The Lament Of The Disappointed.

A poem by Susanna Moodie

"When will the grave fling her cold arms around me,
And earth on her dark bosom pillow my head?
Sorrow and trouble and anguish, have found me,
Oh that I slumbered in peace with the dead!

"The forests are budding, the fruit-trees in bloom,
And the voice of the turtle is heard in our land;
But my soul is bowed down by the spirit of gloom,
I no longer rejoice as the blossoms expand.

"And April is here with her rich varied skies,
Where the sunbeams of hope with the tempest contend,
And the bright drops that flow from her deep azure eyes
On the bosom of nature like diamonds descend.

"She scatters her jewels o'er forest and lea,
And casts in earth's lap all the wealth of the year;
But the promise she brings wakes no transports in me,
Still the landscape looks dim through the fast flowing tear."

Thus sung a poor exile, whom Sorrow had banished
From Joy's golden halls, in those moments when care
Struck deep in her soul and Hope's sunny smiles vanished,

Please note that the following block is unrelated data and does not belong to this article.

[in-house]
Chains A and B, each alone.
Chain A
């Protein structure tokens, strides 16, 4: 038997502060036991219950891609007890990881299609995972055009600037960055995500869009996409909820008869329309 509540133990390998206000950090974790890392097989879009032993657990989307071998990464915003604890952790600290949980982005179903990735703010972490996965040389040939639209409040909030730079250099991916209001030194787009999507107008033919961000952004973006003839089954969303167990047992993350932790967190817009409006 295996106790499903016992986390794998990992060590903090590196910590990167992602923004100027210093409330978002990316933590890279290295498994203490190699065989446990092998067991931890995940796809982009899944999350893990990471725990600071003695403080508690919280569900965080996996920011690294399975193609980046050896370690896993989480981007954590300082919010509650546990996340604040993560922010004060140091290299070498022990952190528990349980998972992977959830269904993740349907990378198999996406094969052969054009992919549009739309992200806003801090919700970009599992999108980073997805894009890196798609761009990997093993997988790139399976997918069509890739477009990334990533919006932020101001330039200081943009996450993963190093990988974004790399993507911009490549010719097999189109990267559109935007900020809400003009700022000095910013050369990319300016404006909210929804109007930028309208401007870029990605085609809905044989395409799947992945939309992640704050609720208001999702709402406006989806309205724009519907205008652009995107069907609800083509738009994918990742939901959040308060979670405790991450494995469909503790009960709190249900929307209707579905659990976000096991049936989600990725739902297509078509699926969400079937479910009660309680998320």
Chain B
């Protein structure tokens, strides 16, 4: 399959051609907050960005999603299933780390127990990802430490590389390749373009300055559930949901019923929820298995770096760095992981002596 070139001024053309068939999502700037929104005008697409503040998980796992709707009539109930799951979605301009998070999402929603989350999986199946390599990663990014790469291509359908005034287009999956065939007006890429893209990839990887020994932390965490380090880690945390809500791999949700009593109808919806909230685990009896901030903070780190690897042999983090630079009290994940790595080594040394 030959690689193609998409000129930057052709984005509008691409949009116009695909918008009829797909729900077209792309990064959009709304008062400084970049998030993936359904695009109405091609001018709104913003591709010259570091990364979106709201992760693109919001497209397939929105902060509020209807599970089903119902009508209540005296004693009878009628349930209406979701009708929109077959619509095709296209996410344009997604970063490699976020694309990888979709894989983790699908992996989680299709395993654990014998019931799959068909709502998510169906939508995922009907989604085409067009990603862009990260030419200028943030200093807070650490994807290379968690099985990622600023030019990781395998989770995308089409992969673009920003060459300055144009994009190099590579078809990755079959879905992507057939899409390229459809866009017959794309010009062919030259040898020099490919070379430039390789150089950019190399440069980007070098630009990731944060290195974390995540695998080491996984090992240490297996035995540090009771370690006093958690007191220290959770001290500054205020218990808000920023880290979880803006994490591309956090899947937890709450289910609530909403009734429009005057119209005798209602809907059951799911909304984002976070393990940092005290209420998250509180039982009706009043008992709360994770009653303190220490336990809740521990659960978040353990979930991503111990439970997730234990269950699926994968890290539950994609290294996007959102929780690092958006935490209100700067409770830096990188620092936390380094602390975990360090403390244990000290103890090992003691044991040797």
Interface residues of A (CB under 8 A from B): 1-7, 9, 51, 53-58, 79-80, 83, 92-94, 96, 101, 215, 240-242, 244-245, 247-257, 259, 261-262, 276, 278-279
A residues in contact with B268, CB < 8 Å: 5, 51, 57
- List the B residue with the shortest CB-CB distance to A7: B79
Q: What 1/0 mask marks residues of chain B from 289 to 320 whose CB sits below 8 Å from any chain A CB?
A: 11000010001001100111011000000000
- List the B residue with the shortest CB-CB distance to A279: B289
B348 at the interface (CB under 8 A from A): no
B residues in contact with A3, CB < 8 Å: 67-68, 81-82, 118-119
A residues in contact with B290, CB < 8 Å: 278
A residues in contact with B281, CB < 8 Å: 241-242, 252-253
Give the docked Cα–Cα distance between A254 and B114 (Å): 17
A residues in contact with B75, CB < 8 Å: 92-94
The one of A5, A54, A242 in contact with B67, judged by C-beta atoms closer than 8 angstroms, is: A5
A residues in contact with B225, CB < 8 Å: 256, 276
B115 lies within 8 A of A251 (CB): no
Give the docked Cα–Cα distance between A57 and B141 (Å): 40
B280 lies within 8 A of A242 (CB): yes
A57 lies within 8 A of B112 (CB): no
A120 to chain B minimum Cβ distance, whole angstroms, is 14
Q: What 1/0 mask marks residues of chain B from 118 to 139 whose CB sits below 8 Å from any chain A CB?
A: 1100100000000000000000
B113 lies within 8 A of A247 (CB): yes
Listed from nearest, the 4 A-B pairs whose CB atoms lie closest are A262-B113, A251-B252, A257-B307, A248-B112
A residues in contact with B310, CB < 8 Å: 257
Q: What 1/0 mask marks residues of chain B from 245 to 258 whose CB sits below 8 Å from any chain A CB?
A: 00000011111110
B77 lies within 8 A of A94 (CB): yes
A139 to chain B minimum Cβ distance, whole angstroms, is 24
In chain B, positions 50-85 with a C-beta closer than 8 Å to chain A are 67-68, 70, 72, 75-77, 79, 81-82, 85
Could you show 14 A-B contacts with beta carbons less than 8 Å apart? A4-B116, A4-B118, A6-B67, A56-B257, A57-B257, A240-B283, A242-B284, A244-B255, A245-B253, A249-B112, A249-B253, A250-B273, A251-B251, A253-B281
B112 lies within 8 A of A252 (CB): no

And her spirit grew dark 'neath the scowl of despair.

But oh! there's a balm e'en for anguish like thine,
And He who permitted the evil has given,
In exchange for this lost earth, an Eden divine,
Revealing to man all the glories of heaven.

Then hush these vain murmurs, arise from the dust,
Submit to the hand who the dark chain can sever
Of sorrow and sin:--God is faithful and just--
Oh seek but his face and be happy for ever!

Reader Comments

Tell us what you think of 'The Lament Of The Disappointed.' by Susanna Moodie

comments powered by Disqus

Home | Search | About this website | Contact | Privacy Policy